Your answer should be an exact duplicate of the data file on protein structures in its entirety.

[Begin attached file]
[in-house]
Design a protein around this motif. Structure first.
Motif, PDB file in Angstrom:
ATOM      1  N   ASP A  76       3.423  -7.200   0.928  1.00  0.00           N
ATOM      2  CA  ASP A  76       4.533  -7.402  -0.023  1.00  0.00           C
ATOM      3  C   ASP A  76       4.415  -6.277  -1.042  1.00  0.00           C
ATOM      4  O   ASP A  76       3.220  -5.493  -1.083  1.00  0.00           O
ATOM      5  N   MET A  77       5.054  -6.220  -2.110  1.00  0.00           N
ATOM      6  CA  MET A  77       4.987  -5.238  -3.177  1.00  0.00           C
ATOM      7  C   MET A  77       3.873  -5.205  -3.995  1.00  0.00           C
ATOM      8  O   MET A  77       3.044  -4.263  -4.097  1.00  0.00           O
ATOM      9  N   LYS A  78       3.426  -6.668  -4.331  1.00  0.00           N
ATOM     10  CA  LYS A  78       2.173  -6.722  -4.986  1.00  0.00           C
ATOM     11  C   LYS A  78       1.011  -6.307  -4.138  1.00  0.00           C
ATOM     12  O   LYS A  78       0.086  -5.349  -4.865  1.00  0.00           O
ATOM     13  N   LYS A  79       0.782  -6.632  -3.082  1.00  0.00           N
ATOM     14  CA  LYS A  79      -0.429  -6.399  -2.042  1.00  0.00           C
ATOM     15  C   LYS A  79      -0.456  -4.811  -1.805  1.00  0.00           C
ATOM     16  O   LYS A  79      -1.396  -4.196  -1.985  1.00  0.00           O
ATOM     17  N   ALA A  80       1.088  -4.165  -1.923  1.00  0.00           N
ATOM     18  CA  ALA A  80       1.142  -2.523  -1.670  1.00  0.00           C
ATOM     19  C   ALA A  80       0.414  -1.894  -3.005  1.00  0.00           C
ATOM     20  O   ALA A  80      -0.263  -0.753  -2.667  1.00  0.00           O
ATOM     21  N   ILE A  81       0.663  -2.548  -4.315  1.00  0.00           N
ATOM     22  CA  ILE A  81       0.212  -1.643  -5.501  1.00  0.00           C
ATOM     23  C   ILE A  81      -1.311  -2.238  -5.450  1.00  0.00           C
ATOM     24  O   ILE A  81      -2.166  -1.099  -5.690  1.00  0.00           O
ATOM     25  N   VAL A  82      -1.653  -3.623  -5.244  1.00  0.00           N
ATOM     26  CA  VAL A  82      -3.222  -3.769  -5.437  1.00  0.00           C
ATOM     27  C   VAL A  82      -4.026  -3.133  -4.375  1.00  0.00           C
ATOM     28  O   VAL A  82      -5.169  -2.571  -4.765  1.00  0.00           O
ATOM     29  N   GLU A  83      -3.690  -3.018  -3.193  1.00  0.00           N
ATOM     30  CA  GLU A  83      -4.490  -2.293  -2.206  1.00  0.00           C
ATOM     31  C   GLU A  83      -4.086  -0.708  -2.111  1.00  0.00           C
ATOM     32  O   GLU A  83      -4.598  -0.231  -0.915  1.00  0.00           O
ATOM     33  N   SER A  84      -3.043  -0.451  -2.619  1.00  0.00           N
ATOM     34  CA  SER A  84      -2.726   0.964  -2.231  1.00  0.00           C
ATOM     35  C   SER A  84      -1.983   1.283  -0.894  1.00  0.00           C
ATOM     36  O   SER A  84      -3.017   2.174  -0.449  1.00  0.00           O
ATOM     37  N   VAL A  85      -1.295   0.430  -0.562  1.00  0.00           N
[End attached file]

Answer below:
[in-house]
Design a protein around this motif. Structure first.
Motif, PDB file in Angstrom:
ATOM      1  N   ASP A  76       3.423  -7.200   0.928  1.00  0.00           N
ATOM      2  CA  ASP A  76       4.533  -7.402  -0.023  1.00  0.00           C
ATOM      3  C   ASP A  76       4.415  -6.277  -1.042  1.00  0.00           C
ATOM      4  O   ASP A  76       3.220  -5.493  -1.083  1.00  0.00           O
ATOM      5  N   MET A  77       5.054  -6.220  -2.110  1.00  0.00           N
ATOM      6  CA  MET A  77       4.987  -5.238  -3.177  1.00  0.00           C
ATOM      7  C   MET A  77       3.873  -5.205  -3.995  1.00  0.00           C
ATOM      8  O   MET A  77       3.044  -4.263  -4.097  1.00  0.00           O
ATOM      9  N   LYS A  78       3.426  -6.668  -4.331  1.00  0.00           N
ATOM     10  CA  LYS A  78       2.173  -6.722  -4.986  1.00  0.00           C
ATOM     11  C   LYS A  78       1.011  -6.307  -4.138  1.00  0.00           C
ATOM     12  O   LYS A  78       0.086  -5.349  -4.865  1.00  0.00           O
ATOM     13  N   LYS A  79       0.782  -6.632  -3.082  1.00  0.00           N
ATOM     14  CA  LYS A  79      -0.429  -6.399  -2.042  1.00  0.00           C
ATOM     15  C   LYS A  79      -0.456  -4.811  -1.805  1.00  0.00           C
ATOM     16  O   LYS A  79      -1.396  -4.196  -1.985  1.00  0.00           O
ATOM     17  N   ALA A  80       1.088  -4.165  -1.923  1.00  0.00           N
ATOM     18  CA  ALA A  80       1.142  -2.523  -1.670  1.00  0.00           C
ATOM     19  C   ALA A  80       0.414  -1.894  -3.005  1.00  0.00           C
ATOM     20  O   ALA A  80      -0.263  -0.753  -2.667  1.00  0.00           O
ATOM     21  N   ILE A  81       0.663  -2.548  -4.315  1.00  0.00           N
ATOM     22  CA  ILE A  81       0.212  -1.643  -5.501  1.00  0.00           C
ATOM     23  C   ILE A  81      -1.311  -2.238  -5.450  1.00  0.00           C
ATOM     24  O   ILE A  81      -2.166  -1.099  -5.690  1.00  0.00           O
ATOM     25  N   VAL A  82      -1.653  -3.623  -5.244  1.00  0.00           N
ATOM     26  CA  VAL A  82      -3.222  -3.769  -5.437  1.00  0.00           C
ATOM     27  C   VAL A  82      -4.026  -3.133  -4.375  1.00  0.00           C
ATOM     28  O   VAL A  82      -5.169  -2.571  -4.765  1.00  0.00           O
ATOM     29  N   GLU A  83      -3.690  -3.018  -3.193  1.00  0.00           N
ATOM     30  CA  GLU A  83      -4.490  -2.293  -2.206  1.00  0.00           C
ATOM     31  C   GLU A  83      -4.086  -0.708  -2.111  1.00  0.00           C
ATOM     32  O   GLU A  83      -4.598  -0.231  -0.915  1.00  0.00           O
ATOM     33  N   SER A  84      -3.043  -0.451  -2.619  1.00  0.00           N
ATOM     34  CA  SER A  84      -2.726   0.964  -2.231  1.00  0.00           C
ATOM     35  C   SER A  84      -1.983   1.283  -0.894  1.00  0.00           C
ATOM     36  O   SER A  84      -3.017   2.174  -0.449  1.00  0.00           O
ATOM     37  N   VAL A  85      -1.295   0.430  -0.562  1.00  0.00           N